Tonight, raw politics. A look at how Americans voted and what it means for the right, the left and independents. Plus, we're keeping them honest in California. A scathing report describes how authorities dropped the ball – big-time – and failed to keep track of accused rapist and kidnapper Philip Garrido while he was on parole. The missed opportunities and mistakes that may have cost Jaycee Dugard years of freedom.
Want to know what else we're covering? Read EVENING BUZZ
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Program Note: Don't miss Randi Kaye’s full report tonight on AC360° at 10 p.m. ET.
Randi Kaye| BIO
So let me get this straight!
Schools across the country are lowering standards – actually dumbing down lesson plans – to avoid sanctions under the No Child Left Behind Act (NCLB).
That act was President George W. Bush’s signature education reform. It mandates that every child in school must be “proficient” in reading and math by 2014 and schools that fall short are subject to sanctions.
Now a new federal study shows that nearly a third of the states lowered academic standards in recent years. Fifteen states in all lowered proficiency standards in fourth and eighth-grade reading or math from 2005 to 2007. Three states – Maine, Oklahoma, and Wyoming – lowered standards in both subjects at both grade levels. Yikes!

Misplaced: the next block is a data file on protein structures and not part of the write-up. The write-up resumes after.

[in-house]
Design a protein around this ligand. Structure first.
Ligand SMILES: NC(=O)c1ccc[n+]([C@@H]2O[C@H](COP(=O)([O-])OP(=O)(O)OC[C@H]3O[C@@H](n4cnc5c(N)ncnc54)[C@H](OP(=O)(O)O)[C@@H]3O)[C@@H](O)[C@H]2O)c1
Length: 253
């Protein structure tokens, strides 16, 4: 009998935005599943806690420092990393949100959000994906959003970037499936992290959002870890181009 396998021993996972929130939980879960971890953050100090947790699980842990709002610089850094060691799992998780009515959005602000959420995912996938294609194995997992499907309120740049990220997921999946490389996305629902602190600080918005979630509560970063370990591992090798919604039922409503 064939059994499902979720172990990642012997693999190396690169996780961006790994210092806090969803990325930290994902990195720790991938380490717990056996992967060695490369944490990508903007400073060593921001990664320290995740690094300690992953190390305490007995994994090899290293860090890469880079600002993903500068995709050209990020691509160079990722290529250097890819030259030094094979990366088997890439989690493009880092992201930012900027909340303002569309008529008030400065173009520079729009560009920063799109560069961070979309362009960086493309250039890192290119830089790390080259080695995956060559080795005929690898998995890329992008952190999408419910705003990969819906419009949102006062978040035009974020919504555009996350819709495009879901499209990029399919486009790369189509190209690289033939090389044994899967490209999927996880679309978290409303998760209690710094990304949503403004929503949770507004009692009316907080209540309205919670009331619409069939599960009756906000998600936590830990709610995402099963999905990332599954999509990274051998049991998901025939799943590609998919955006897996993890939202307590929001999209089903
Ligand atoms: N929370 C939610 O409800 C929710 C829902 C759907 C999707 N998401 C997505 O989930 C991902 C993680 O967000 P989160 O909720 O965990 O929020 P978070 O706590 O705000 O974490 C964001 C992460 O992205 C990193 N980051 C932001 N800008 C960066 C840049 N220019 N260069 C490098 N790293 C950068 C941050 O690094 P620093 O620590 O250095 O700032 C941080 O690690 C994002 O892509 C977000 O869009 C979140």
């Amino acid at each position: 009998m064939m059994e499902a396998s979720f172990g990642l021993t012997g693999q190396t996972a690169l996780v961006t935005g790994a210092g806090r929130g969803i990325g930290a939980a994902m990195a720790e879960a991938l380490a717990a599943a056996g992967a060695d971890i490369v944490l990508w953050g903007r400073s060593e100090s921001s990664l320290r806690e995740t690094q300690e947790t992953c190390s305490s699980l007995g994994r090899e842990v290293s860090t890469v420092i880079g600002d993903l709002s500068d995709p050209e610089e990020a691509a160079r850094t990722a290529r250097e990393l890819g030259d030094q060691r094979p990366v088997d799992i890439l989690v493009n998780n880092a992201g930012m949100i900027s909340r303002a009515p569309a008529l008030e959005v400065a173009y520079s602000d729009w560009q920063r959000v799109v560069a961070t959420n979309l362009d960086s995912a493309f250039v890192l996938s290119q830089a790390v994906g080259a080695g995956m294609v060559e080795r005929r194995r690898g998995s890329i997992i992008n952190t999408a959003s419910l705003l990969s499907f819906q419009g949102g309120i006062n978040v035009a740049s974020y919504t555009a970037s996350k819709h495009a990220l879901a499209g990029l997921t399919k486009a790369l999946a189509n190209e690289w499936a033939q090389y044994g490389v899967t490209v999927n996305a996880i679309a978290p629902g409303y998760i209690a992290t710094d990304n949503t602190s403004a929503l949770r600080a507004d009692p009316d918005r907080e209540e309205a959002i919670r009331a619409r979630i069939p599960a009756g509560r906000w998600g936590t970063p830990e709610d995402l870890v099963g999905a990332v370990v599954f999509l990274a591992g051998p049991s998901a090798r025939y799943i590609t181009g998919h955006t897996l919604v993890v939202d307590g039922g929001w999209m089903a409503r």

On a positive note, though, the study found eight states actually raised their standards even though their funding was threatened.
Editor's Note: This article continues our series excerpted from AC360°'s contributor David Gewirtz's upcoming book, How To Save Jobs, which will be available in December. Over the next few months, we'll be excerpting the first section of the book, which answers the question, "How did we get here?". Last time, we looked at riots, massacres and the transactional nature of work This time, we'll look at our changing relationship with work. To learn more about the book, you should follow David on Twitter @DavidGewirtz.
David Gewirtz | BIO
Editor-in-Chief, ZATZ Publishing